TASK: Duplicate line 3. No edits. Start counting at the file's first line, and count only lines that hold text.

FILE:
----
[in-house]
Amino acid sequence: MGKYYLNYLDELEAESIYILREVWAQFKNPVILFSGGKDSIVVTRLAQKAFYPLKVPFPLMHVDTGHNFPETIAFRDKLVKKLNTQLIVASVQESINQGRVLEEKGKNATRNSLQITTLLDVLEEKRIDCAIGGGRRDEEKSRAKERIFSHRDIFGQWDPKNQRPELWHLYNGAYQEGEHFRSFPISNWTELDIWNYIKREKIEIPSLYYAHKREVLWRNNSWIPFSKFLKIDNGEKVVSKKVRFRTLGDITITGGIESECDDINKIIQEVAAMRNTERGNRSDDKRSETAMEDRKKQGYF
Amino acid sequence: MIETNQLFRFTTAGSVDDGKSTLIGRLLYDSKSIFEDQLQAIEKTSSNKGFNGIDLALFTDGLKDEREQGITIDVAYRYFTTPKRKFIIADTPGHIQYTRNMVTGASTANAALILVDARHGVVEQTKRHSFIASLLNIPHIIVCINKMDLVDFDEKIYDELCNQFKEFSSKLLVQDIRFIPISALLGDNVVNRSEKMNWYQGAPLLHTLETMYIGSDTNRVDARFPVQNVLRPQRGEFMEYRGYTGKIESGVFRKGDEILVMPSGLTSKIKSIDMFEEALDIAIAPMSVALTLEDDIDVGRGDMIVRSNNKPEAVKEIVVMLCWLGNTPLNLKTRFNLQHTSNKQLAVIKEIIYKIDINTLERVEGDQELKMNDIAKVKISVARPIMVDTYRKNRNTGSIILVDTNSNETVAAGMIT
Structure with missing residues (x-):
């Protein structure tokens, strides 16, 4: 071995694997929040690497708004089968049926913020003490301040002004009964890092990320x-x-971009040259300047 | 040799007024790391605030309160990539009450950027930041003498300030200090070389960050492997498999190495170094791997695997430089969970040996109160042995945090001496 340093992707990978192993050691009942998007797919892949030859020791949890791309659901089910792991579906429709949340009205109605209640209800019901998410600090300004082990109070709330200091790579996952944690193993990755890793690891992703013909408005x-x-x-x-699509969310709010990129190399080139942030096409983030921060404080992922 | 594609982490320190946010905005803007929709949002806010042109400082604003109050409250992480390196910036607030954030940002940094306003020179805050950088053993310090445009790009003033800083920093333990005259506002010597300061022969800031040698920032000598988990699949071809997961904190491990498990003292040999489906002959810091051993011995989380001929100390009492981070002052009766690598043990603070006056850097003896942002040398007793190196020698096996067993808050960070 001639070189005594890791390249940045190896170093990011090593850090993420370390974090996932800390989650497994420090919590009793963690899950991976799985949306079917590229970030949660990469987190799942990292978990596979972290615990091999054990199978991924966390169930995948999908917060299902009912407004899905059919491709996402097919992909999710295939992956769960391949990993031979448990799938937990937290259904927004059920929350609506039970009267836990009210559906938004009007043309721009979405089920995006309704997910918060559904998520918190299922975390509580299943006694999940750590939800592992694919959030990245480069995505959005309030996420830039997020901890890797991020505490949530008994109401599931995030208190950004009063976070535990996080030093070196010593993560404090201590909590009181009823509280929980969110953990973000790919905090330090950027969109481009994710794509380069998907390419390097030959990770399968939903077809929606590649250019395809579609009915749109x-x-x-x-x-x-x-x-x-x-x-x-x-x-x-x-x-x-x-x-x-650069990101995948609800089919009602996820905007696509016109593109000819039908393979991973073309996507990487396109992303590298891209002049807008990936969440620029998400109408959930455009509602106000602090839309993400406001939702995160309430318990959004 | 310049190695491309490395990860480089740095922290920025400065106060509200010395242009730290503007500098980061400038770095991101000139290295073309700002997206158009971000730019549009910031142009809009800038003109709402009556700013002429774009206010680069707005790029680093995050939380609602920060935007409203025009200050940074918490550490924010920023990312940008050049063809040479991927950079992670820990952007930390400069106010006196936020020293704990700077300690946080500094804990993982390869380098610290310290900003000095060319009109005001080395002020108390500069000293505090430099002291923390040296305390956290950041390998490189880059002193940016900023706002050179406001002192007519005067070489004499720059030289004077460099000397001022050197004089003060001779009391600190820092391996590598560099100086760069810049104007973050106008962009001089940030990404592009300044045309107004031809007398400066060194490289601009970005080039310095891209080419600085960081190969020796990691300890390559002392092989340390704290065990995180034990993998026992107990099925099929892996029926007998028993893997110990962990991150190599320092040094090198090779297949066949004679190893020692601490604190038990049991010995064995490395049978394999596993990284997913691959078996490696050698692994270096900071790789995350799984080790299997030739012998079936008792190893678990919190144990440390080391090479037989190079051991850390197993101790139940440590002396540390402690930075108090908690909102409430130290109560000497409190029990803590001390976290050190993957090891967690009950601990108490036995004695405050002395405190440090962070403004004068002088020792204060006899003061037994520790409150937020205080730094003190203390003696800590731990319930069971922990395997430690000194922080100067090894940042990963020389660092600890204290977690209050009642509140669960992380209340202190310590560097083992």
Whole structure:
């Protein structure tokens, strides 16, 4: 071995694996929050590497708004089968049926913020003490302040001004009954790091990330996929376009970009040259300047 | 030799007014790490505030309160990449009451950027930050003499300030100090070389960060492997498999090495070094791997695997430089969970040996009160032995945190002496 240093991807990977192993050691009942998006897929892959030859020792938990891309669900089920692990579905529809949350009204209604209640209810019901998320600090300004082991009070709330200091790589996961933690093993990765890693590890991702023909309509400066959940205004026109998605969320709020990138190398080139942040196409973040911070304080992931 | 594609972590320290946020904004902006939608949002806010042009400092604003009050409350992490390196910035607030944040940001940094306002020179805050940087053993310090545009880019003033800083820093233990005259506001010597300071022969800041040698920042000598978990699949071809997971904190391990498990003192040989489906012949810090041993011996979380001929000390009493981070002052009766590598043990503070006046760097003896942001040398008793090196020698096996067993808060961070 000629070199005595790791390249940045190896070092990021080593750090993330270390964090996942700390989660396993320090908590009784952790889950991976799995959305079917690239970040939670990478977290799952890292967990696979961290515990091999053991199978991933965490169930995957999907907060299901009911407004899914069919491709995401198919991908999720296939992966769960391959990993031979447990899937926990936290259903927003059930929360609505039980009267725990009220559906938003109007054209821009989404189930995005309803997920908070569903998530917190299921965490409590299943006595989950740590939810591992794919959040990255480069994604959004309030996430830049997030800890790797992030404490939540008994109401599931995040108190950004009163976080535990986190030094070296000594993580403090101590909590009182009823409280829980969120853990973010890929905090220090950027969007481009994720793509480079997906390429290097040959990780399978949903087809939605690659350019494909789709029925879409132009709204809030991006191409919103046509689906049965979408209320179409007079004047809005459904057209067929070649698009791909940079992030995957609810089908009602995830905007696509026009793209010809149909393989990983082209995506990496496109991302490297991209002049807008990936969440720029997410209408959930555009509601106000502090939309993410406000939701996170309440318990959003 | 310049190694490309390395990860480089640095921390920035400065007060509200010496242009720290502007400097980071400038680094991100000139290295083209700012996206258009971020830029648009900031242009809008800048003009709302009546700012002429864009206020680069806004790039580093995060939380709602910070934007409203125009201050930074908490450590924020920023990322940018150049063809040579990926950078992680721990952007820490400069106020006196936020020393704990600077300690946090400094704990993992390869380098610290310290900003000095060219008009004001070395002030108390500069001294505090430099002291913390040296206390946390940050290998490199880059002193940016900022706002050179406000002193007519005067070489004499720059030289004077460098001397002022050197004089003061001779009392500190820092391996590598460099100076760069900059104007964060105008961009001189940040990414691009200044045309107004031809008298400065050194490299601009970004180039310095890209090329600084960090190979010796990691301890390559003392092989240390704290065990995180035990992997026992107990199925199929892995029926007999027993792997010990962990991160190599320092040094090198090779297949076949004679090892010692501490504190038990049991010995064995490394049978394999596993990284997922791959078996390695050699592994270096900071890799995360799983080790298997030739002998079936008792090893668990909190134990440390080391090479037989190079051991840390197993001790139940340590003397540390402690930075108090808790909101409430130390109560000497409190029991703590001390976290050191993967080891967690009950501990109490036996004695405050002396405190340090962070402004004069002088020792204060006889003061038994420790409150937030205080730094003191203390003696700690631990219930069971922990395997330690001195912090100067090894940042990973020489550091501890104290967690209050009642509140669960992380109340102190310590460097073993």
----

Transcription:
Amino acid sequence: MIETNQLFRFTTAGSVDDGKSTLIGRLLYDSKSIFEDQLQAIEKTSSNKGFNGIDLALFTDGLKDEREQGITIDVAYRYFTTPKRKFIIADTPGHIQYTRNMVTGASTANAALILVDARHGVVEQTKRHSFIASLLNIPHIIVCINKMDLVDFDEKIYDELCNQFKEFSSKLLVQDIRFIPISALLGDNVVNRSEKMNWYQGAPLLHTLETMYIGSDTNRVDARFPVQNVLRPQRGEFMEYRGYTGKIESGVFRKGDEILVMPSGLTSKIKSIDMFEEALDIAIAPMSVALTLEDDIDVGRGDMIVRSNNKPEAVKEIVVMLCWLGNTPLNLKTRFNLQHTSNKQLAVIKEIIYKIDINTLERVEGDQELKMNDIAKVKISVARPIMVDTYRKNRNTGSIILVDTNSNETVAAGMIT